As a singer/composer who’s delved into opera and Shakespeare sonnets and once performed a Judy Garland tribute, Rufus Wainwright certainly knows how to tackle a concept. That said, the show that he brought to the Emerson Colonial Theatre on Wednesday seemed a tad open-ended. The “All These Poses Tour” alluded to his sublime 2001 album Poses, yet a (20th) anniversary tag lined up to his 1998 debut.
Those ornate pop albums set the course for the talented scion of Kate McGarrigle and Loudon Wainwright III and, as it turned out, he meant to feature both live. The first set of the two-hour-plus show was mainly devoted to 1998’s Rufus Wainwright — and he began promisingly with the breezy “April Fool” (piping “And you will believe in love”) and impressionistic “Barcelona,” backed by an empathetic five-piece band as he strummed acoustic guitar in a top hat and pinstripe suit.
Still, even in a shuffled song order, the material from that album began to lean toward the maudlin and monochromatic. Wainwright made a wise choice to skip a few of the tunes and spring one cover and one new original to close the half. He turned Joni Mitchell’s “Both Sides Now” inside-out with emotive dynamics, the line “I’ve looked at life from both sides now” perhaps drawing experience from a drug-fueled nadir early in his career. And he shared “Sword of Damocles,” a song inspired by the midterm elections with a “message to change the world,” taking its name from the classical tale of a courtier with a blade dangled over his head to signify the perils that come with power.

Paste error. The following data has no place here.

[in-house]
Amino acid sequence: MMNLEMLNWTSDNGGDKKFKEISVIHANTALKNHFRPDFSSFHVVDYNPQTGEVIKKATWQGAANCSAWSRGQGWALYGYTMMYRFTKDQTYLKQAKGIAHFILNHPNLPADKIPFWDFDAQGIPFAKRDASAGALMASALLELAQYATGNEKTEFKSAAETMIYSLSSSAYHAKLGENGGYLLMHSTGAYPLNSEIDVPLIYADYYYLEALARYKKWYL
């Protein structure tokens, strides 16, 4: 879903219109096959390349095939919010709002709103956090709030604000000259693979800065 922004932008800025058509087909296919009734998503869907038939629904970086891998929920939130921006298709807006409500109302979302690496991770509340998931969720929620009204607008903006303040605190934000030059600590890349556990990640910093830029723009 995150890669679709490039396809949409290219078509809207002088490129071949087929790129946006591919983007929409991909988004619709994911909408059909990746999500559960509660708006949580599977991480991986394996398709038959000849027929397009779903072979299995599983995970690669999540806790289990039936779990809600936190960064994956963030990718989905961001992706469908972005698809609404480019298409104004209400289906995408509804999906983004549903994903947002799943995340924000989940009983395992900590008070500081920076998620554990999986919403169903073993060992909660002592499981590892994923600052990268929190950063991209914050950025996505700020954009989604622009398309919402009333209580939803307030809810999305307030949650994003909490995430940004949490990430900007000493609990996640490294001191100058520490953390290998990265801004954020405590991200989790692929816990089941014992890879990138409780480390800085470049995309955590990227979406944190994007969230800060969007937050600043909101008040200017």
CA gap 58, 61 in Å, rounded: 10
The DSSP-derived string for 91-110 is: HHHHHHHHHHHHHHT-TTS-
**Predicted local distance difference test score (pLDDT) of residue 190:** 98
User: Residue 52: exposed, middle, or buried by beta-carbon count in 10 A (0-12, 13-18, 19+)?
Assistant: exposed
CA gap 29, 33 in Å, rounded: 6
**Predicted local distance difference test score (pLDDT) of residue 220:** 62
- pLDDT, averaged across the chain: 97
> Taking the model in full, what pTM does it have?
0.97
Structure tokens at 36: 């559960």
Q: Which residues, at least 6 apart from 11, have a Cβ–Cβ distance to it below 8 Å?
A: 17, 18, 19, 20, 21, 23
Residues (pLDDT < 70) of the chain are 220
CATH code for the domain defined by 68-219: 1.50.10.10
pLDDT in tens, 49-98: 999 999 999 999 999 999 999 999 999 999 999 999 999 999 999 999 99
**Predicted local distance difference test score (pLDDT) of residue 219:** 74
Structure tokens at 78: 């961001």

But the night’s main course came in a full, in-sequence rendition of Poses, sharpening Wainwright’s melodrama in musical and theatrical terms. He strode to his piano like a hobo queen in a glittery rag-tag coat and hat to open the second half with “Cigarettes and Chocolate Milk” and continued to unspool Poses’ wider palette. He donned a feathery black cape to inhabit the Gershwin-esque title track with his luxurious voice, let the band fill the folds of the creeping, sweeping “Shadows” (where he sang “I could be a great star, still I’m far from happy”) and returned to guitar for the jaunty “California.” His restrained band, including guitarist Gerry Leonard (David Bowie) and bassist Paul Bryan (Aimee Mann), truly stepped forward in the ominous, near-proggy swell of “Evil Angel.”
“It’s very difficult to keep the line between the past and the present,” the singer said before “Grey Gardens,” quoting the words of the eccentric New York socialite Little Eddie who inspired that song. And he gracefully managed that trick – and capped the night with a last bonus in his dreamy, resonant take on the Beatles’ “Across the Universe.” Not for nothing, Wainwright’s world has changed, but the return to his underappreciated jewel Poses made this evening timeless.